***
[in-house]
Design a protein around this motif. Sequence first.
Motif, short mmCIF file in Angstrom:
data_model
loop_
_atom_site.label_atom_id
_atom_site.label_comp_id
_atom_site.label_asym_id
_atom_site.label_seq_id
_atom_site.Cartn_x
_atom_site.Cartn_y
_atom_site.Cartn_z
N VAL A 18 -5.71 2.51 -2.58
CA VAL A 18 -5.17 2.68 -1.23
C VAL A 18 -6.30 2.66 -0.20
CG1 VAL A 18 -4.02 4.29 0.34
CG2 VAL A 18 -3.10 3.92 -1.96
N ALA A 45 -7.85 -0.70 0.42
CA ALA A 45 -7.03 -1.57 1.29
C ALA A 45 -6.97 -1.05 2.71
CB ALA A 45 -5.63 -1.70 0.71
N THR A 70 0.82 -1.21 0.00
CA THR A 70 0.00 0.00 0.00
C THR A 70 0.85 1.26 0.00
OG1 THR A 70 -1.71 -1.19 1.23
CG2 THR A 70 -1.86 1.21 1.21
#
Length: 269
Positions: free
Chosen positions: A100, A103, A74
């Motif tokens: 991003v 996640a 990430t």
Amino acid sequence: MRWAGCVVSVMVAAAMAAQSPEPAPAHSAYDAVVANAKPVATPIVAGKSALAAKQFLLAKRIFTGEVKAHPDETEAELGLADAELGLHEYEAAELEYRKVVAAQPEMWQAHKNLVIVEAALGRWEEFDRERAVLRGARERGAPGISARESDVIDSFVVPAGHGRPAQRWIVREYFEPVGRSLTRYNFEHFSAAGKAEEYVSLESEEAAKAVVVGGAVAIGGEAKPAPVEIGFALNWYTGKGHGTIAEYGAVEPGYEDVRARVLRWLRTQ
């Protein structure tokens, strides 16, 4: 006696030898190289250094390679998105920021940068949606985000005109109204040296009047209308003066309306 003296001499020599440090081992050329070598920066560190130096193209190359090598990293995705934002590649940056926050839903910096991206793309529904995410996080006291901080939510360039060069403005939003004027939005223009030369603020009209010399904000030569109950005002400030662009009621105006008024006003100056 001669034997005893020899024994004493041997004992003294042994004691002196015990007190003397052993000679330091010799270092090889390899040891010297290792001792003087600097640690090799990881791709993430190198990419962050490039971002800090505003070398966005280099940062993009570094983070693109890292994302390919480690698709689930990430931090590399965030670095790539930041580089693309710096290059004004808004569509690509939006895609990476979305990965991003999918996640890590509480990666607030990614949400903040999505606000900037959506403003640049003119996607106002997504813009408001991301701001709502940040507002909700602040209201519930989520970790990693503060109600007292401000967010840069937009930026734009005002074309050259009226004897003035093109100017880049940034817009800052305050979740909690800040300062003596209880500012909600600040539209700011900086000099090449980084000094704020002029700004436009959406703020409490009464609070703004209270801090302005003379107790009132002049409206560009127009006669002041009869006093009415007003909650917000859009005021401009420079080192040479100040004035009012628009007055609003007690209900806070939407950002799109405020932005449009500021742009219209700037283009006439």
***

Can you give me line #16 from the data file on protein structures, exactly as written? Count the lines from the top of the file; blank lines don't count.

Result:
CG1 VAL A 18 -4.02 4.29 0.34